Thursday, November 24, 2011

Google's renewable energy is sunsetting

Google is thankfully acting as a commercial entity that does care about the impact (and profitability) of their projects. So – see Reuters – among the projects it will be retiring or "sunsetting" by Spring 2012, we find:

  1. Google Knol: a framework that was collecting high-quality articles ("knowledge") written by users on various topics but never attracted too many users
  2. Google Search Timeline
  3. Google Gear: extension of browsers allowing new, especially off-line features; used (and now canceled) especially for calendars and e-mail
  4. Google Friend Connect: see the right sidebar of this blog to see almost 400 TRF readers who have subscribed and showed their avatars (can you do anything else with that?); it will be kept alive for blogs such as TRF for some more time
  5. Google Bookmarks List
  6. Google Wave: an unsuccessful social and communication network
  7. Google Renewable Energy Cheaper Then Coal
Even though the last item was the most unsuccessful one and you have probably never heard that Google had its own Green Czar who was behind it (and you have probably never seen the web page), so its demise is seemingly a negligible event, the retirement of this item may still be most far-reaching outside the computer industry because it shows that the commercial sector including the biggest players is abandoning the renewable energy bandwagon, the most widespread and arrogant fad of the first decade of the 21st century. Of course, Google is saying "we leave it to others who are more skillful in this business" and that's why we fired the Green Czar, Mr Weihl. But the important thing is that various parasitic local green czars start to be fired instead of being treated as holy cows.

Despite all these years, projects such as this one not only failed to deliver a renewable energy cheaper than coal: they haven't given us any new source that could survive without heavy subsidies or heavy harassment of the consumers. The money thrown into these projects will probably never be renewed again ;-) and it's good that companies are beginning to notice that such investments are not sustainable :-). This realization is also inevitable given the fact that the governments are increasingly showing their evaporating desire to subsidize such things. See e.g. wind of change hitting U.K. offshore wind turbines.


I am sure that sometime in the future, perhaps when the fossil fuels get too scarce (and it may take a few centuries), economically acceptable alternatives to fossil fuels will emerge. But it makes no sense to pay billions (if not trillions) for the search of this "holy grail" now, especially when a reasonable estimate when such a transition may occur may be around the year 2150. Moreover, this business is being investigated by so many people that every new dollar invested into this research makes this research even less efficient than it was previously (diminishing returns: the talented and motivated people are already doing it so you may only buy the researchers with a smaller potential, and they will still be largely redundant and create an unnecessary competition in something that could be found by a few people if it existed).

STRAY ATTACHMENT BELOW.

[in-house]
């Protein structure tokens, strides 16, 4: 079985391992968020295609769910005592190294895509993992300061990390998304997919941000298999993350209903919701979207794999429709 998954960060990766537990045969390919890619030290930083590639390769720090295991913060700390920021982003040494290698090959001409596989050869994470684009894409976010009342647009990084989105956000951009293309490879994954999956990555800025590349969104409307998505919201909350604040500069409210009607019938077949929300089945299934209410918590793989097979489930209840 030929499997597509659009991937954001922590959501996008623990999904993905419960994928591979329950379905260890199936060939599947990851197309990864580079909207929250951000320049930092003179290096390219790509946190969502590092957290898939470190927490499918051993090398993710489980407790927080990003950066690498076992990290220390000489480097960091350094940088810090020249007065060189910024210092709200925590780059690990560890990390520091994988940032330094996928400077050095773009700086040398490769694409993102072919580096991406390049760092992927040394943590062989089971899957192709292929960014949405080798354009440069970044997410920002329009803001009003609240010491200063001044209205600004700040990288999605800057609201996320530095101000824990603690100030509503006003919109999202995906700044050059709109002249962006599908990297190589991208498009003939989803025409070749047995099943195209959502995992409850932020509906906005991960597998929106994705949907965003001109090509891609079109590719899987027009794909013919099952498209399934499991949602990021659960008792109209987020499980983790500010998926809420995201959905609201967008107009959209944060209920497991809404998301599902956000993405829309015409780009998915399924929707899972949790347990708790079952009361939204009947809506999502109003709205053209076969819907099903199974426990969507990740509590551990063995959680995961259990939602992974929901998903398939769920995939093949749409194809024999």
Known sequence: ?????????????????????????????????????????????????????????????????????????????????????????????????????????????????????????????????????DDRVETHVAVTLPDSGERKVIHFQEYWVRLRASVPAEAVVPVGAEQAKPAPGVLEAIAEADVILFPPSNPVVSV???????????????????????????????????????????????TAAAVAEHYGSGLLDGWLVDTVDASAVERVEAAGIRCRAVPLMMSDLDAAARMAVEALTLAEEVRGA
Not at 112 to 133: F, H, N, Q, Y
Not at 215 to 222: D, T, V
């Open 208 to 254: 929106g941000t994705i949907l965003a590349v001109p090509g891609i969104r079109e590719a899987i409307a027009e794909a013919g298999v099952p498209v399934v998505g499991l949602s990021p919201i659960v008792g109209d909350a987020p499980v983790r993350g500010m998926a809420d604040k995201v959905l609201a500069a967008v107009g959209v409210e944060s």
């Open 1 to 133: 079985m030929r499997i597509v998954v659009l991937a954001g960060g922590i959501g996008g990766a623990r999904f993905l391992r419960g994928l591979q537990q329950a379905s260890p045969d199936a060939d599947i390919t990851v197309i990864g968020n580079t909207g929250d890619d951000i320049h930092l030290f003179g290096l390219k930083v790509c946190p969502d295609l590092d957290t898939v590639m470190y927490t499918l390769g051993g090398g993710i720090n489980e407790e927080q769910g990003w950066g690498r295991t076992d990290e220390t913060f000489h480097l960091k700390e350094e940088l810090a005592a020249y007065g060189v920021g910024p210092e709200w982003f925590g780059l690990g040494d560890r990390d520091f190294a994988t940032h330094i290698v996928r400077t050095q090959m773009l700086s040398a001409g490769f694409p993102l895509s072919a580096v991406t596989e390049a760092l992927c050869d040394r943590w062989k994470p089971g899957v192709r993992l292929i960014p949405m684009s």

By 2150 or whatever is the right estimate of the transition, people will either naturally discover something (e.g. complete whatever is needed for [hot!] fusion) – not necessarily in companies dedicated to such "research" – or they won't. Even if they won't, there won't be any catastrophe awaiting the mankind. Even the technologies that exist today could be used to cover the energy needs of the mankind. So if coal is ever 5 times more expensive than today because it gets scarce, well, the construction of solar panels everywhere, including the roads and roofs of your cars, will probably become economical and mundane even if there are no big advances (and be sure there will be advances by 2150).

But it is not economical today and it's just wrong to speculate and invest lots of money (usually money taken from other people and taxpayers) into the assumption that the year 2150 discussed above will already arrive in 2015. Most likely, it will not. And this fact makes a difference because much of the projects paid for today will be much cheaper and more realistic in 2145.

And that's the memo.

Rossi claims to become a multimillionaire

Some sources say that Andrea Rossi claims that a $24 million order has been sent to buy his would-be cold-fusion device.

There are only two possibilities: 1) the consumer is real and a priori unrelated to Rossi; 2) the consumer is not real but just a theater invented by Rossi's friends and collaborators.

In the first case, the consumer will find out that he's been duped and I hope it will be able to send Rossi back to prison. In the second case, Rossi may avoid prison but I think it is very unfortunate because that's a fraud in preparation. By inventing fake consumers, he is visually elevating the price of his worthless crackpottery above the actual price – which is zero – and uses this trick to lure possible other, real consumers in the future who may think that they're buying something else than what they're actually buying, namely bullshit.

In my opinion, the only question should be when (but not whether) he gets investigated for this fraudulent behavior.


  1. About Rossi, any idea about how do they calculate their fusion?

    I have seem claims here and there that it is Nickel + 5 H --> Cu

  2. Well, I checked and it is true that you can find exoenergetic reactions in the area of Nickel. A popular one, argued by Rossi fanatics, 58Ni + 5 * 1H --> 63Cu. We have LHS of 57.9353479 +5 * 1.0078250=62.9744729 amu and RHS of 62.9296011 amu, a gain of 0.0448718... if you get to insert five protons and cause five electron captures.

    Honestly, I prefer the traditional 201 Hg -> 4He + 197Pt, plus 197Pt beta to 197Au. Nickel is for losers.